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Joining Tongue-and-Groove Plywood

Coax those tongue-and-groove edges together for a tight, no-bounce fit

Plywood persuader
Illustration by Narda Lebo

Tongue-and-groove plywood is superior to regular plywood for floor decks because it creates a stronger, more rigid subfloor, and helps eliminate sagging and "bounce" at the seams between the joists. But it is also more difficult to install because the tight-fitting joints don't always go together easily. Here's a simple way to close up those joints: Lay a 4-foot-long 2x4 across the joists to protect the plywood edge. Stand on top of the 2x4, then gently rap it with a sledgehammer. If the tongue-and-groove joint doesn't close up, the plywood might be slightly warped. Have a helper stand on the seam to align the tongue with the groove, then rap the 2x4 with the sledge. Once the joint is tight, drive in a couple of screws or nails to hold it, then slide the 2x4 down along the edge of the plywood sheet and repeat the process.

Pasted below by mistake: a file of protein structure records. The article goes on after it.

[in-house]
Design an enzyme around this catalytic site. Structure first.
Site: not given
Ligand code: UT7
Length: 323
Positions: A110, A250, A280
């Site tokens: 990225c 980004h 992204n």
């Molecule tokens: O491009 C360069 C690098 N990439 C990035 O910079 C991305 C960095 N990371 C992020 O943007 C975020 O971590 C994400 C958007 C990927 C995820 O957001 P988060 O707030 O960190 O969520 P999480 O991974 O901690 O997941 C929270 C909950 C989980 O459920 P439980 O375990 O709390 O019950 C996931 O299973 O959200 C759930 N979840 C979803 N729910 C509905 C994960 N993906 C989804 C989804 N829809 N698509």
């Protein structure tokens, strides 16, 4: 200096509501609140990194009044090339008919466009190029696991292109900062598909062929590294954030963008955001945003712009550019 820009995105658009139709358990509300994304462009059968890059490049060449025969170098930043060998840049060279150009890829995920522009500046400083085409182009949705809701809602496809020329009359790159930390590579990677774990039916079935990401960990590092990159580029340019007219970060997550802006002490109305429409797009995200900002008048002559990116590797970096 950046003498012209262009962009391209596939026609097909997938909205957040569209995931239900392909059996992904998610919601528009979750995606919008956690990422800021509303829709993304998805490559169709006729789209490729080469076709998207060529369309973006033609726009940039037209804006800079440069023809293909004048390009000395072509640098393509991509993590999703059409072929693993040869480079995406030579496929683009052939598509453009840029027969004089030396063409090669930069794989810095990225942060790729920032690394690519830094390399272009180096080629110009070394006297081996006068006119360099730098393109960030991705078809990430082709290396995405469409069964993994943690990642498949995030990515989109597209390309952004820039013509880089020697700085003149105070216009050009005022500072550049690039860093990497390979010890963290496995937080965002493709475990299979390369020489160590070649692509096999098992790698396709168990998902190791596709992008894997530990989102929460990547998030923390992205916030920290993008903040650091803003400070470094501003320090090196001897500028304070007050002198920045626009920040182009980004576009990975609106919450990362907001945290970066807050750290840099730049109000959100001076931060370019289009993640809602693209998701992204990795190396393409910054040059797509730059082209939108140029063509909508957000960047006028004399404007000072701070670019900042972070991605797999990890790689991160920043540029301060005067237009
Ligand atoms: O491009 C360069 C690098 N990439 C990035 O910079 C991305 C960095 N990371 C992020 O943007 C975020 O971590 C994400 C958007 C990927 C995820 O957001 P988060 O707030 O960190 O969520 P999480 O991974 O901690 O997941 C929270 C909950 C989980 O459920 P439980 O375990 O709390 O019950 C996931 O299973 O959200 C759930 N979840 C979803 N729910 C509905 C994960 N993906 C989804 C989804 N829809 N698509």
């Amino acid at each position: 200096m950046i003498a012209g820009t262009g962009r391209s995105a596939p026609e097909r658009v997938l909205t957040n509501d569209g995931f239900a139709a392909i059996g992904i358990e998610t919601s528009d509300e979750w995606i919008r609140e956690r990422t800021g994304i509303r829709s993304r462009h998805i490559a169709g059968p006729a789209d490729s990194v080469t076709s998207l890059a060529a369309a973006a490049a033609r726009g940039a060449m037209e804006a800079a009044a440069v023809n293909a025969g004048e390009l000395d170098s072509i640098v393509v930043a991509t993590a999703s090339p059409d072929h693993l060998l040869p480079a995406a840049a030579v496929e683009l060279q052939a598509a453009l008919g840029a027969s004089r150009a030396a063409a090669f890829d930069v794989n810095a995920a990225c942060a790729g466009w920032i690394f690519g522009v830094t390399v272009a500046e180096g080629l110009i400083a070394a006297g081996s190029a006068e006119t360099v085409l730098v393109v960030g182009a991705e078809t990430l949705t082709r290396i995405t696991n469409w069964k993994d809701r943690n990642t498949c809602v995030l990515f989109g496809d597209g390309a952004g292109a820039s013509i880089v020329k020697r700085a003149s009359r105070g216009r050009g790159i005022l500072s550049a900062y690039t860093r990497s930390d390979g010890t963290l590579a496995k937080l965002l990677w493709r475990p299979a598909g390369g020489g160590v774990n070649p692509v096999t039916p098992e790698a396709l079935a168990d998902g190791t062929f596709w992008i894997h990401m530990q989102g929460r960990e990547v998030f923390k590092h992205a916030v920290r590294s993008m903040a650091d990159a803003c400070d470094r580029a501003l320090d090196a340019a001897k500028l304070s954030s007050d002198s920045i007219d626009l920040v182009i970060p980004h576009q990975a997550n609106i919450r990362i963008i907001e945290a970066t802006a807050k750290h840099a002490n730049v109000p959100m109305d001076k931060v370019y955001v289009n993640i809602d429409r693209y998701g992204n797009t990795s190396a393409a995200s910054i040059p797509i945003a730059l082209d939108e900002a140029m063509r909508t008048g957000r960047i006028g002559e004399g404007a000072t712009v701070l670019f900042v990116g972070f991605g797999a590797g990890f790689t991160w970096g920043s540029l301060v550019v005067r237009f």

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Plywood Persuader

 

Plywood Persuader

Plywood Persuader
Illustration by Narda Lebo

Plywood Persuader

 
 

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